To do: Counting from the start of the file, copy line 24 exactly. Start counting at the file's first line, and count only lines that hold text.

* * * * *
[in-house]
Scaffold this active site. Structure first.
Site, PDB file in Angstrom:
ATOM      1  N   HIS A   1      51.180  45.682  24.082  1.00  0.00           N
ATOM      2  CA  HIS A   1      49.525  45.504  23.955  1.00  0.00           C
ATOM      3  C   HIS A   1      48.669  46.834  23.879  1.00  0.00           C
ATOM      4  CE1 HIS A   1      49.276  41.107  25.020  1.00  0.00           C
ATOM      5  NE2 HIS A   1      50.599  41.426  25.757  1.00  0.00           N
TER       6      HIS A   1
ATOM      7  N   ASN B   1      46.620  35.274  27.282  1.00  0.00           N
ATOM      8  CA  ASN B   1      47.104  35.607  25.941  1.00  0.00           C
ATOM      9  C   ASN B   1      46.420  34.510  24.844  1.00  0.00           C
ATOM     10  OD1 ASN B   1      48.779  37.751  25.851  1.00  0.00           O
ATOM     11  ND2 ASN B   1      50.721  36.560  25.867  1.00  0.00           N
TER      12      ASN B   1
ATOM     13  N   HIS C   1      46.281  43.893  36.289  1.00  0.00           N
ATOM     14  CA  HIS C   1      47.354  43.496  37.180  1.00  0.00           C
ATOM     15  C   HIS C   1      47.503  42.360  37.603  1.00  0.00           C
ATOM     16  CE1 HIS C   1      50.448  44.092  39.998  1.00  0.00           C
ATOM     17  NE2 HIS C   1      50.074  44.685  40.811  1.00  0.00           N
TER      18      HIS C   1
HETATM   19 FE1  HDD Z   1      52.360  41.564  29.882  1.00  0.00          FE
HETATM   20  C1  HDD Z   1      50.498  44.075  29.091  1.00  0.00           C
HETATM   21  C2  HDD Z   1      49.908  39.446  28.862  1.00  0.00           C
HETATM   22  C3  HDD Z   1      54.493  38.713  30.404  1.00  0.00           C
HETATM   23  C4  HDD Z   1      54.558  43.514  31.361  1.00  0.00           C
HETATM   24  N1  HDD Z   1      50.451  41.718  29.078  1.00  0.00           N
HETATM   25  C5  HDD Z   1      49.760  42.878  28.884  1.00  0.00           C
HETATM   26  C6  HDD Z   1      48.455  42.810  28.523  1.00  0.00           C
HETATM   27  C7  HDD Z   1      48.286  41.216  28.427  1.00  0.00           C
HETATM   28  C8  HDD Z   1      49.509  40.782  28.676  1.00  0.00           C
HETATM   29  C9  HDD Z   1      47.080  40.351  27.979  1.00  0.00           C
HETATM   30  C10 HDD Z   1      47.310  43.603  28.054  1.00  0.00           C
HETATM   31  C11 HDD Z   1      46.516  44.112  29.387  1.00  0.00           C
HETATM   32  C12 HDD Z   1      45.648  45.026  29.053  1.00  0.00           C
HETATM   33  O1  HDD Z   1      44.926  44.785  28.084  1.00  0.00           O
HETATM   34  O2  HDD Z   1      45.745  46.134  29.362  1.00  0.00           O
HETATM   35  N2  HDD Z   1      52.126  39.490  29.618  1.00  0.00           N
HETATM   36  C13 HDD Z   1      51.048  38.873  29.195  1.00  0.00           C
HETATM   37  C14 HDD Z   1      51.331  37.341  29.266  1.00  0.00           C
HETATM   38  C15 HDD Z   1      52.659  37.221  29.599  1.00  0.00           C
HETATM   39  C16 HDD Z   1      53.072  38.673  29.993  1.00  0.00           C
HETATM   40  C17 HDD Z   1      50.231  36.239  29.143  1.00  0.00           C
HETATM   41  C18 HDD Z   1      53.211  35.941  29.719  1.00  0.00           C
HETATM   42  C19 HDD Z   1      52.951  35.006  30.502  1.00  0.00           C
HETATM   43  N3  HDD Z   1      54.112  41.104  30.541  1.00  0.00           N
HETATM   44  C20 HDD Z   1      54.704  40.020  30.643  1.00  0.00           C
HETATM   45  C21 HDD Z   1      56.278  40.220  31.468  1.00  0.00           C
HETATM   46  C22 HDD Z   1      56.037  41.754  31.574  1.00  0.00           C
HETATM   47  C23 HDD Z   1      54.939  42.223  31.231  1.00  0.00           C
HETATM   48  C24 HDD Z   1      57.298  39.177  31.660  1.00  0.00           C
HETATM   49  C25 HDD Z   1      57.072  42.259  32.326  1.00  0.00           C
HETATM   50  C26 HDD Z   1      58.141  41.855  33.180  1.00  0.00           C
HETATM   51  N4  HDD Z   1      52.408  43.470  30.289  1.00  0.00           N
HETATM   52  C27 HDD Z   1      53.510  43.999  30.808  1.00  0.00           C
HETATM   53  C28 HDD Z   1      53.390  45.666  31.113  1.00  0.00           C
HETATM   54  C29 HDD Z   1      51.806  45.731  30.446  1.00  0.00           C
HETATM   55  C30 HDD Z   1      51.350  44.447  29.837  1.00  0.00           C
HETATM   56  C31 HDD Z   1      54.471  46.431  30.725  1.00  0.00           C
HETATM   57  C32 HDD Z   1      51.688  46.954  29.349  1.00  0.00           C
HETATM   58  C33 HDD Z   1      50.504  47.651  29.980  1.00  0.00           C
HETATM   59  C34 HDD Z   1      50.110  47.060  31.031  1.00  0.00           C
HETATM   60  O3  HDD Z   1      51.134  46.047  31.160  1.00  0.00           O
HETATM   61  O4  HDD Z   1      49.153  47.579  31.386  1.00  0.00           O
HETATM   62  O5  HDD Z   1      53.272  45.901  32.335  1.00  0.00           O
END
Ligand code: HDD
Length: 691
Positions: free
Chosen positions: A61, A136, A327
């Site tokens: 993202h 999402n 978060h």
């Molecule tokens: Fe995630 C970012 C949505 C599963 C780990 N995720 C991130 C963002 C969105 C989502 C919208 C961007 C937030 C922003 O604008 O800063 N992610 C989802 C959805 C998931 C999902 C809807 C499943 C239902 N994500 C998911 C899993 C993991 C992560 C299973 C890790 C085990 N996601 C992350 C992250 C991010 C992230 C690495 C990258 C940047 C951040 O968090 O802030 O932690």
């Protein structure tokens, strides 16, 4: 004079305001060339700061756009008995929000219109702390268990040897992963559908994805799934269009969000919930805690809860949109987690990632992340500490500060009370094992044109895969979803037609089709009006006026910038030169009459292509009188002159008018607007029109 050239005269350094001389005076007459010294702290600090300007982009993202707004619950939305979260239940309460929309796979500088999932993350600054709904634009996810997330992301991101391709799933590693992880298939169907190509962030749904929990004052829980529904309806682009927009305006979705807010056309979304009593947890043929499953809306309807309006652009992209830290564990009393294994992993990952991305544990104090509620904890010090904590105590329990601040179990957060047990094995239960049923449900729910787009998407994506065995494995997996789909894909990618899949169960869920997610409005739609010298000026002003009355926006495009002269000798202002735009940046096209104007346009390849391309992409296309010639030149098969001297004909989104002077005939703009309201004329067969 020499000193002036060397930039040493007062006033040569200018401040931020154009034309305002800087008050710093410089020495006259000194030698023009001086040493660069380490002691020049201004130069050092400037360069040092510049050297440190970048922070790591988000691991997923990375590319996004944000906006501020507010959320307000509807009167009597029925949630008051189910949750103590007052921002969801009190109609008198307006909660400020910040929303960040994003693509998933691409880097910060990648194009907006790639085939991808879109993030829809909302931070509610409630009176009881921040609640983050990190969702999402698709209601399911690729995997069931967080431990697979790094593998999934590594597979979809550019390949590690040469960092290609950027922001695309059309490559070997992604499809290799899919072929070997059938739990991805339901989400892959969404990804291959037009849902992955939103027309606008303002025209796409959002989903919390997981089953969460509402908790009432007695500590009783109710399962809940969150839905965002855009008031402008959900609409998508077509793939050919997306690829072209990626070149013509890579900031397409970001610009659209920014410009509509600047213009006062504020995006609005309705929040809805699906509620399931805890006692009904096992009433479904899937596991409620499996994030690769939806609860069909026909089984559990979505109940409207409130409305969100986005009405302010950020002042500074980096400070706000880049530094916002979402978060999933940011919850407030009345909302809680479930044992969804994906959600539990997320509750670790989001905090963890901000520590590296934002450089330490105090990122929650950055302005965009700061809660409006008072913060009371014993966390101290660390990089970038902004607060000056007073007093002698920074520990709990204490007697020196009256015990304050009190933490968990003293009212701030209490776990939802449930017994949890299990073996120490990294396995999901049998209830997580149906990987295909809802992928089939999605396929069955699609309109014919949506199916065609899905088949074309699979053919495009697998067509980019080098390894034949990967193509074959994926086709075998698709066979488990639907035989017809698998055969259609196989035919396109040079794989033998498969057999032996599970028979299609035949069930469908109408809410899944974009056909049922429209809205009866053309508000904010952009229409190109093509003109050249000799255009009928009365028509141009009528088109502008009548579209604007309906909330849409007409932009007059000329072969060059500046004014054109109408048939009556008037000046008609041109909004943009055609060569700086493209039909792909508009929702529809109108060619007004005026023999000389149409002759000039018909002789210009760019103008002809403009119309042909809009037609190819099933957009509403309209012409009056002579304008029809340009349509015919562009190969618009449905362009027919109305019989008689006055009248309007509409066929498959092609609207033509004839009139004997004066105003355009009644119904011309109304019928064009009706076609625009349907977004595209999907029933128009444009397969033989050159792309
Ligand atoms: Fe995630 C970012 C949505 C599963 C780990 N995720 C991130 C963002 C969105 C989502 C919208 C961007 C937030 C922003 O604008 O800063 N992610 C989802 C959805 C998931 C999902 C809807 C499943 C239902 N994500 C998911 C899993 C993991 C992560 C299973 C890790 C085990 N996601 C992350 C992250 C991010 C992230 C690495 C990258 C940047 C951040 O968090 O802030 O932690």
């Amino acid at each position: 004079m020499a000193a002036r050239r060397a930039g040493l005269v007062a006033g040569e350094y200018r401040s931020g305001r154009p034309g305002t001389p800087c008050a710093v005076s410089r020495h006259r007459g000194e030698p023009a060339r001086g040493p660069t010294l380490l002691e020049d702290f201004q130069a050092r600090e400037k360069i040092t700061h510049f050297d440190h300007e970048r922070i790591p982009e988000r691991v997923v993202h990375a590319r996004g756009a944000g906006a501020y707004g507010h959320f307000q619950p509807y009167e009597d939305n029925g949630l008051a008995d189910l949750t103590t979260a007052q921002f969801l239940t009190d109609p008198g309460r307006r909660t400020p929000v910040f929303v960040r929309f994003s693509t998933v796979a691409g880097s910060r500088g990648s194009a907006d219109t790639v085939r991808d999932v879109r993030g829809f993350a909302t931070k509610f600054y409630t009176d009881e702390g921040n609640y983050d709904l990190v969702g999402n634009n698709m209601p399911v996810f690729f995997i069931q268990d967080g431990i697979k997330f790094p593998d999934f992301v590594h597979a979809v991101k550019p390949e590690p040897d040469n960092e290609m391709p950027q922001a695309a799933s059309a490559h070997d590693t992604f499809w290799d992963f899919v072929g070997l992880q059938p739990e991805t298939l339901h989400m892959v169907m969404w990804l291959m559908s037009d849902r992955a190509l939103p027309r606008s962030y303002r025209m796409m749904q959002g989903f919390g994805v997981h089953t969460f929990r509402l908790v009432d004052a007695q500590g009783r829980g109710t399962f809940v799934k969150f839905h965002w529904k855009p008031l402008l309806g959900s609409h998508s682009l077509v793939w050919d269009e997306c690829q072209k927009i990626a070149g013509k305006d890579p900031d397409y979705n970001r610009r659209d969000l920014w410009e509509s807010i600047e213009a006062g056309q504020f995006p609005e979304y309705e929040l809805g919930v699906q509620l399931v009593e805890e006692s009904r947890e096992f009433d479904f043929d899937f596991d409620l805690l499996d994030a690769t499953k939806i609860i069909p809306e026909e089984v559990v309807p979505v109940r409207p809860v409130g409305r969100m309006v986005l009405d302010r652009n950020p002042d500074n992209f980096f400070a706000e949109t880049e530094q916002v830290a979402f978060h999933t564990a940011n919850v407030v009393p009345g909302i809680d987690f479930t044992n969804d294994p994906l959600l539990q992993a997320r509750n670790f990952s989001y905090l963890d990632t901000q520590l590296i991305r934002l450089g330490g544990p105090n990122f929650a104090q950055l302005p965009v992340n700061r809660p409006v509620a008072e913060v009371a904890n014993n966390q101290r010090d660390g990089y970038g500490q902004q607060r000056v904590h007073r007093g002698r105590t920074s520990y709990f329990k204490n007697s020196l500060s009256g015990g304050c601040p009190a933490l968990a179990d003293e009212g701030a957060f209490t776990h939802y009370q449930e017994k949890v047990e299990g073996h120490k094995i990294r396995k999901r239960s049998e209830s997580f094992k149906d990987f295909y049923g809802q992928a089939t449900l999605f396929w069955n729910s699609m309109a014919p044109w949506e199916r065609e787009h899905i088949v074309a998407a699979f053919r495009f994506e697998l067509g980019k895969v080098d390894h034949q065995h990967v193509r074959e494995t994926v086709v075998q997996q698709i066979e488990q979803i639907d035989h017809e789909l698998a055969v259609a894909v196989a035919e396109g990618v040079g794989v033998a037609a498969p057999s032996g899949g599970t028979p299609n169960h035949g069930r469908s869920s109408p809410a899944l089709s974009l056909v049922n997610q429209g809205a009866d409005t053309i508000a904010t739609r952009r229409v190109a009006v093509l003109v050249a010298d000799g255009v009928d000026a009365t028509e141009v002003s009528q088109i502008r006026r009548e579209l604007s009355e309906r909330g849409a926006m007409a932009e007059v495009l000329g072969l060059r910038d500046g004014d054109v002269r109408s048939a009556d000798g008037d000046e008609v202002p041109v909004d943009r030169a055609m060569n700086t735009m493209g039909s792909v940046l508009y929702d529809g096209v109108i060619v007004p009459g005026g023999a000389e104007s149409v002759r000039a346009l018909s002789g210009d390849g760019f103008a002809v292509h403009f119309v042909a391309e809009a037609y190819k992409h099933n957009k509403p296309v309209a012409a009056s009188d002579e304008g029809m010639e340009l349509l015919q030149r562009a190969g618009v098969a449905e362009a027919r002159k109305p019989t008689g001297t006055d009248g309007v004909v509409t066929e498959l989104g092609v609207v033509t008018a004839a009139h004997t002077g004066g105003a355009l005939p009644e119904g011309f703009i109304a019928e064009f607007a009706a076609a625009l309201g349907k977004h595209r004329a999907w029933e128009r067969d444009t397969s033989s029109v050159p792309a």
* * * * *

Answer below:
HETATM   21  C2  HDD Z   1      49.908  39.446  28.862  1.00  0.00           C